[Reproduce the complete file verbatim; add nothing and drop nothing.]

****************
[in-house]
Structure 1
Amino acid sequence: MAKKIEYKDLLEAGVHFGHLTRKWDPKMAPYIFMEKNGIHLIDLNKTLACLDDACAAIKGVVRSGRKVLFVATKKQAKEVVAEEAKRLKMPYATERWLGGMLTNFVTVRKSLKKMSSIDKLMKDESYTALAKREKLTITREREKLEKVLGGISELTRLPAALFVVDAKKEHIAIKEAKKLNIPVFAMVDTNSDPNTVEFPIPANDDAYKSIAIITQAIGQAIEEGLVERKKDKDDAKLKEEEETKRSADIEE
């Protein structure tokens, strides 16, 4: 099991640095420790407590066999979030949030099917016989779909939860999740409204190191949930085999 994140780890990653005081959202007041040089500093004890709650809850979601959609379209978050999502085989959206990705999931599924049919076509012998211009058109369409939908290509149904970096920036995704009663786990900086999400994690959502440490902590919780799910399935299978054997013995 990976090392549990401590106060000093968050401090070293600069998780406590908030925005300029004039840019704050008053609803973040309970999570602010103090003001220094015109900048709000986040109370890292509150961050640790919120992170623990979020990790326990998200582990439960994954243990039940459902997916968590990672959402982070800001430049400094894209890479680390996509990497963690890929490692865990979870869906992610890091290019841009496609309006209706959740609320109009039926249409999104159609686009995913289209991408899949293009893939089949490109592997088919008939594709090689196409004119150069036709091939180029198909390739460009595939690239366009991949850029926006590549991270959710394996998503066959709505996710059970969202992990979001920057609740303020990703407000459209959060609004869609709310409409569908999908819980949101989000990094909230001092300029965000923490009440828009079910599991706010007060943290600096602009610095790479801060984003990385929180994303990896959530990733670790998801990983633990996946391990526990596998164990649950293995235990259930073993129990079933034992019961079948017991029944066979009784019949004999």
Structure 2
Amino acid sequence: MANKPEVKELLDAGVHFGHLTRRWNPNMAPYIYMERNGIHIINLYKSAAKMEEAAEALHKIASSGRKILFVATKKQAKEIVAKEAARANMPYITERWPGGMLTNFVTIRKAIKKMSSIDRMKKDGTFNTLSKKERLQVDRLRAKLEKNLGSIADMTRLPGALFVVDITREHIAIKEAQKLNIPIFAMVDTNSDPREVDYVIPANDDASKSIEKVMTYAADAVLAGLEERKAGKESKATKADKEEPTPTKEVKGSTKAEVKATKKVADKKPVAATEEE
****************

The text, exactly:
[in-house]
Structure 1
Amino acid sequence: MAKKIEYKDLLEAGVHFGHLTRKWDPKMAPYIFMEKNGIHLIDLNKTLACLDDACAAIKGVVRSGRKVLFVATKKQAKEVVAEEAKRLKMPYATERWLGGMLTNFVTVRKSLKKMSSIDKLMKDESYTALAKREKLTITREREKLEKVLGGISELTRLPAALFVVDAKKEHIAIKEAKKLNIPVFAMVDTNSDPNTVEFPIPANDDAYKSIAIITQAIGQAIEEGLVERKKDKDDAKLKEEEETKRSADIEE
């Protein structure tokens, strides 16, 4: 099991640095420790407590066999979030949030099917016989779909939860999740409204190191949930085999 994140780890990653005081959202007041040089500093004890709650809850979601959609379209978050999502085989959206990705999931599924049919076509012998211009058109369409939908290509149904970096920036995704009663786990900086999400994690959502440490902590919780799910399935299978054997013995 990976090392549990401590106060000093968050401090070293600069998780406590908030925005300029004039840019704050008053609803973040309970999570602010103090003001220094015109900048709000986040109370890292509150961050640790919120992170623990979020990790326990998200582990439960994954243990039940459902997916968590990672959402982070800001430049400094894209890479680390996509990497963690890929490692865990979870869906992610890091290019841009496609309006209706959740609320109009039926249409999104159609686009995913289209991408899949293009893939089949490109592997088919008939594709090689196409004119150069036709091939180029198909390739460009595939690239366009991949850029926006590549991270959710394996998503066959709505996710059970969202992990979001920057609740303020990703407000459209959060609004869609709310409409569908999908819980949101989000990094909230001092300029965000923490009440828009079910599991706010007060943290600096602009610095790479801060984003990385929180994303990896959530990733670790998801990983633990996946391990526990596998164990649950293995235990259930073993129990079933034992019961079948017991029944066979009784019949004999």
Structure 2
Amino acid sequence: MANKPEVKELLDAGVHFGHLTRRWNPNMAPYIYMERNGIHIINLYKSAAKMEEAAEALHKIASSGRKILFVATKKQAKEIVAKEAARANMPYITERWPGGMLTNFVTIRKAIKKMSSIDRMKKDGTFNTLSKKERLQVDRLRAKLEKNLGSIADMTRLPGALFVVDITREHIAIKEAQKLNIPIFAMVDTNSDPREVDYVIPANDDASKSIEKVMTYAADAVLAGLEERKAGKESKATKADKEEPTPTKEVKGSTKAEVKATKKVADKKPVAATEEE